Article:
A slice of history is in Chicago's backyard!
A new initiative from a Chicago-based nature conservancy highlights a little-known river's role in the Underground Railroad, BBC Travel reports.
Openlands is a Chicago-based nature conservancy that recently launched an initiative, the "African American Heritage Water Trail," to highlight the role Chicago's Little Calumet River played in the Underground Railroad. Openlands aquatic ecologist Laura Barghusen said the idea for a trail first began in the 1990s. Barghusen co-authored a plan to offer public access for canoeing and kayaking to 10 different waterways in the Chicago region. In 1999, the Northeast Illinois Planning Commission adopted the project, and Openlands began exploring uses for the Calumet River region.
"We started thinking about how to offer guided trips or cleanups, events that people could join without having a boat. We also started thinking about other ways to attract people to the waterways," Barghusen said.
The organization began planning sessions with local historians and community members in 2018. They then discovered that Little Calumet was an unsung hero of the Underground Railroad and the backdrop for many Black historic achievements over the years. It span 109 miles and travels through several South Side Chicago neighborhoods. The Little Calumet river connected the East, West, and South, allowing for the flow of information, goods, and those seeking freedom in the 1800s. The river flows north from the Mississippi River Valley, leading to Detroit and eventually to Canada. It was used to spearhead Chicago's development and helped transport hundreds of Black people north to freedom as a major stop on the Underground Railroad.
The new African American Heritage Water Trail runs alongside the river, featuring 29 stops and a seven-mile route, leading participants through several South Side communities and suburbs. The tour teaches them about important moments in Black Chicago history along the way.
The important figures and locations spotlighted on the trail include Marshall "Major" Taylor, the world's first Black sports star and champion bicycle rider. The site of the former Robbins Airport, the first Black-owned and operated airport which also taught some Tuskegee Airmen and a street renamed for Hazel Johnson, widely considered the mother of the modern environmental justice movement.
This past August, Openlands partnered with Friends of the Chicago River, who provided canoes for a group to explore the trail. Tiffany Watkins, a Chicago Public Schools educator, and her two daughters were on that trip alongside a dozen others. Watkins and her husband both grew up on Chicago's South Side and had never known the river's rich history. She said she felt honored to travel the same waterways where so many of her ancestors from the diaspora had traveled, risking their lives to get to freedom.
"I love that term, 'freedom seekers,' because it gives a different connotation to the people who came before us. Had they not sought freedom, who knows where we would have been to this day. So, I'm grateful for them," Watkins said.
The group paddled the river themselves in canoes as Openlands' education and community outreach coordinator Lillian Holden outlined details about the tour stops. In addition to being a stop on the Underground Railroad, the river tour also leaves from Chicago's Finest Marina, one of the oldest Black-owned marina's in Chicago. Holden is a Chicago native herself who also had no idea of the rich history of the Calumet River and is excited to offer a different immersive learning experience to native Chicagoans.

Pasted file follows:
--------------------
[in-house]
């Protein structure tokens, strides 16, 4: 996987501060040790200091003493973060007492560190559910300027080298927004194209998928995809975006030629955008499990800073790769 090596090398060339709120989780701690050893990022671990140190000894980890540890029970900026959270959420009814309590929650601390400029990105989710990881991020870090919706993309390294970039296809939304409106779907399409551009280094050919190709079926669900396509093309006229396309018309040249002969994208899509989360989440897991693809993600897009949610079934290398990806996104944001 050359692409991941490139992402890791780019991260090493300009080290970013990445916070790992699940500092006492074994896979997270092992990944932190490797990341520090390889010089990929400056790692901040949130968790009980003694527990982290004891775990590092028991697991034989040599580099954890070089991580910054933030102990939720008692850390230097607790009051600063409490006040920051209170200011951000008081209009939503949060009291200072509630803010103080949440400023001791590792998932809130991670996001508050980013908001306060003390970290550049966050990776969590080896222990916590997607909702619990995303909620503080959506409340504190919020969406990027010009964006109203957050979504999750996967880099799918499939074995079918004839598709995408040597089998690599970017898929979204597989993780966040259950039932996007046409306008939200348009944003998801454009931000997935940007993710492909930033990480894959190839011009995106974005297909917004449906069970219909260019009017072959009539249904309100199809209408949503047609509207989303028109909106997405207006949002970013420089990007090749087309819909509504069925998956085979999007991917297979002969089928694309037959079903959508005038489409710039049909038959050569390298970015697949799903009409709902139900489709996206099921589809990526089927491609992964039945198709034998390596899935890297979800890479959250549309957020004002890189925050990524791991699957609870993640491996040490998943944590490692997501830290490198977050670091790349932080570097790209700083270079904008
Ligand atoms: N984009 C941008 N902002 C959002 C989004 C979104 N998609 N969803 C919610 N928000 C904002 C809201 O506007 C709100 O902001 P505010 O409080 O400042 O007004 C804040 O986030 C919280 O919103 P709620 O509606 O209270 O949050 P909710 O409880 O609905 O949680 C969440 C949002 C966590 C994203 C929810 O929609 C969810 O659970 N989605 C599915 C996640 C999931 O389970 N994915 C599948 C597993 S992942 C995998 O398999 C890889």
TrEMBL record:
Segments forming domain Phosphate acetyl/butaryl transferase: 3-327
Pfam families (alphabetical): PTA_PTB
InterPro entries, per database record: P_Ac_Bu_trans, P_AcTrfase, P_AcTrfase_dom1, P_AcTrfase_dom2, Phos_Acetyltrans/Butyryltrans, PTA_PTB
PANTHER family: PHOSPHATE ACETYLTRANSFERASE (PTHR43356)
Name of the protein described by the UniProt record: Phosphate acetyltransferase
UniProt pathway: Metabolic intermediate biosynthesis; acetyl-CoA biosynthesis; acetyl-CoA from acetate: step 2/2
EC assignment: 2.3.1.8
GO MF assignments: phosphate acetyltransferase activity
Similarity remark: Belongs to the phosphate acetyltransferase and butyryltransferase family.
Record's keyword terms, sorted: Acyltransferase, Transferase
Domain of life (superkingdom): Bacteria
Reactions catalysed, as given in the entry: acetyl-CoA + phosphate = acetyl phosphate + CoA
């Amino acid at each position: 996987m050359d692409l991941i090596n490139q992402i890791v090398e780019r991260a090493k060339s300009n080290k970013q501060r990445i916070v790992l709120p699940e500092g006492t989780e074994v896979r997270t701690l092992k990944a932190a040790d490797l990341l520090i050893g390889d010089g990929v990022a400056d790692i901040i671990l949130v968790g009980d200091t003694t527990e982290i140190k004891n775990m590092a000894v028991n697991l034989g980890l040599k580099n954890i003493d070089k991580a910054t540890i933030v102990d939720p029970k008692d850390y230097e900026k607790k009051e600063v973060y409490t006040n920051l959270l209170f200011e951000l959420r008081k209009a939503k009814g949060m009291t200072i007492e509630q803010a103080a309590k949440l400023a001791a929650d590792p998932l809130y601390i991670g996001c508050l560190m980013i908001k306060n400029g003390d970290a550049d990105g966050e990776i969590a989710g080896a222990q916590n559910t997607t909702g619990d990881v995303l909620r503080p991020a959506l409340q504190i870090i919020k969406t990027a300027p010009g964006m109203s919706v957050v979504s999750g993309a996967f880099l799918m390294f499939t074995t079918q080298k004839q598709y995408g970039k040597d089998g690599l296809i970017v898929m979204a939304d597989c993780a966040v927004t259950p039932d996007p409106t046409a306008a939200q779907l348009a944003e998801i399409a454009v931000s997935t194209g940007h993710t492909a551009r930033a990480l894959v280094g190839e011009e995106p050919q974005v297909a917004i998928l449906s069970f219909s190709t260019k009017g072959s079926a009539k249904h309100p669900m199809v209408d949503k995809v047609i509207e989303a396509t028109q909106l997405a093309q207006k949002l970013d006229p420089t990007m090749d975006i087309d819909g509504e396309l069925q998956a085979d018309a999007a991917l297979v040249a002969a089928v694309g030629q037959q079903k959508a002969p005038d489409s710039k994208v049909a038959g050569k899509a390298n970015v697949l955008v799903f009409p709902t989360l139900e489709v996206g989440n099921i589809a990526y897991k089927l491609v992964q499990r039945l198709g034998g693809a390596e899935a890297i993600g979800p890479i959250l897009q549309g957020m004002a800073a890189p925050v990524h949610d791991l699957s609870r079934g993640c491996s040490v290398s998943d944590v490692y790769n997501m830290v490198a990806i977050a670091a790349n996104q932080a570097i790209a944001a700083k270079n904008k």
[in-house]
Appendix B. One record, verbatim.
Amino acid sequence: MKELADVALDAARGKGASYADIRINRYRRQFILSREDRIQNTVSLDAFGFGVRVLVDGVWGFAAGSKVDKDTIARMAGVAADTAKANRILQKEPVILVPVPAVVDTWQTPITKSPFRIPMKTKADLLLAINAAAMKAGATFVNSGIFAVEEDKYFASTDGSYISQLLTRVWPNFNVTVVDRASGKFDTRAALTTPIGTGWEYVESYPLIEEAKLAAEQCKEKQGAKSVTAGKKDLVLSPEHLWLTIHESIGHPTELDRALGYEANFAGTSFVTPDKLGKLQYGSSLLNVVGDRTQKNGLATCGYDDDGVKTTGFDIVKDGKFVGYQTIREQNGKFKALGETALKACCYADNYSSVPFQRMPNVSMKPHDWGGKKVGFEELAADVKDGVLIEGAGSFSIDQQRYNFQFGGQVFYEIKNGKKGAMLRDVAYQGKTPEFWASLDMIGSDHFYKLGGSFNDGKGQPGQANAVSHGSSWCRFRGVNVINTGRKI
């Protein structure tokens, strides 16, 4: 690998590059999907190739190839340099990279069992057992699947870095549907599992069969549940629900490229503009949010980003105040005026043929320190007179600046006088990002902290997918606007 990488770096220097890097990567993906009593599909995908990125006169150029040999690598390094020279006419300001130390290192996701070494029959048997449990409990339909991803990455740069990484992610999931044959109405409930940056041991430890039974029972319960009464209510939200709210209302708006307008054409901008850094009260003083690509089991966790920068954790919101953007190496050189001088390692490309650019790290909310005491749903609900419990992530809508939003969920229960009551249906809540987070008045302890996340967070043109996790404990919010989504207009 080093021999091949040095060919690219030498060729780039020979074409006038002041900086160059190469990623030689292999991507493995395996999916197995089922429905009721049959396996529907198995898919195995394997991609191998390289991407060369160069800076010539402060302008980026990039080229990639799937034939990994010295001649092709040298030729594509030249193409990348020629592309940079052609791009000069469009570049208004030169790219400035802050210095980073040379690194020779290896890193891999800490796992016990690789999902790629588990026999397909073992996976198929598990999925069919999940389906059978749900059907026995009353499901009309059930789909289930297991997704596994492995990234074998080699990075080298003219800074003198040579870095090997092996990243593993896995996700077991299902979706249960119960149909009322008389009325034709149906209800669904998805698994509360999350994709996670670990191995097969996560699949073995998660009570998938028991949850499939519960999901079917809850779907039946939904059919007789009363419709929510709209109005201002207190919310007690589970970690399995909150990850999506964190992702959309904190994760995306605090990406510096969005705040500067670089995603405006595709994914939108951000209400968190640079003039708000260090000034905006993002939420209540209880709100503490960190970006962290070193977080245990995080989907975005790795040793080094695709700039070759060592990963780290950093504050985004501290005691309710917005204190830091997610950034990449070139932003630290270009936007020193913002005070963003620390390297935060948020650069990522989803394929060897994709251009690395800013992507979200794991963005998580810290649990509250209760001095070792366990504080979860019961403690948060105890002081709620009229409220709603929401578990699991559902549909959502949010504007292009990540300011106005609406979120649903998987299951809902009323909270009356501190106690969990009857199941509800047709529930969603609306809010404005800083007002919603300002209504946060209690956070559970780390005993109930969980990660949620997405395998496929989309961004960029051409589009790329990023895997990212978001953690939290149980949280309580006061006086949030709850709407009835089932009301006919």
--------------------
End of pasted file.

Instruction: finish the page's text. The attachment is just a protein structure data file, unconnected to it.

"A lot of times, being Black in America is not easy. It's really hard existing when you, in some cases, have to assimilate to other cultures in order to put food on the table. So being taught about [trailblazers] who defy odds and rewrote the rules is a very invigorating experience. I come from public school education, and we're taught about slavery and stuff like that, but also we're taught about people who essentially took over areas. It's not really focused enough on Black people who have done significant things," Holden said.
The trail is an ongoing process, and Openlands just received a grant from the Chicago Community Trust to help build out an online brochure and self-guided map. Currently, there are occasional guided paddles open to the public, but they're hoping to expand to more in the future, offering trips like the one Watkins and her daughters took. Currently, the map can be downloaded by those who have their own kayak or canoe and are willing to explore the waterway on their own or walk or bike the various sites along the trail.
Historian Larry McClellan is also working with Chicago's Finest Marina owner, Ron Gaines, to identify and install historical markers along the route, on land, and in the water. Recently, the two were granted $9,600 by the National Park Service to install historical signs along with the Ton Farm, one of the Underground Railroad stops along the waterway. The farm owners Jan and Aagje Ton were Dutch-born abolitionists who housed freedom seekers in their home during the 1850s. The farm has been recognized as a site of national significance by the National Park Service.
Watkins said the trail helped her discover this history and made her think about her own mother's journey, who was born in Arkansas and recently passed away. The tour deepened the connection to her ancestors, and she encouraged everyone to visit the trail.
"Everybody wants to go downtown, which you should, but for a little bit of history, oh my God. I can't believe we have this here in our backyard. We want to learn more. We want to do more. We want to tell more people about this place," said Watkins.
To learn more about the African American Heritage Water Trail, visit here.
Photo Courtesy of Openlands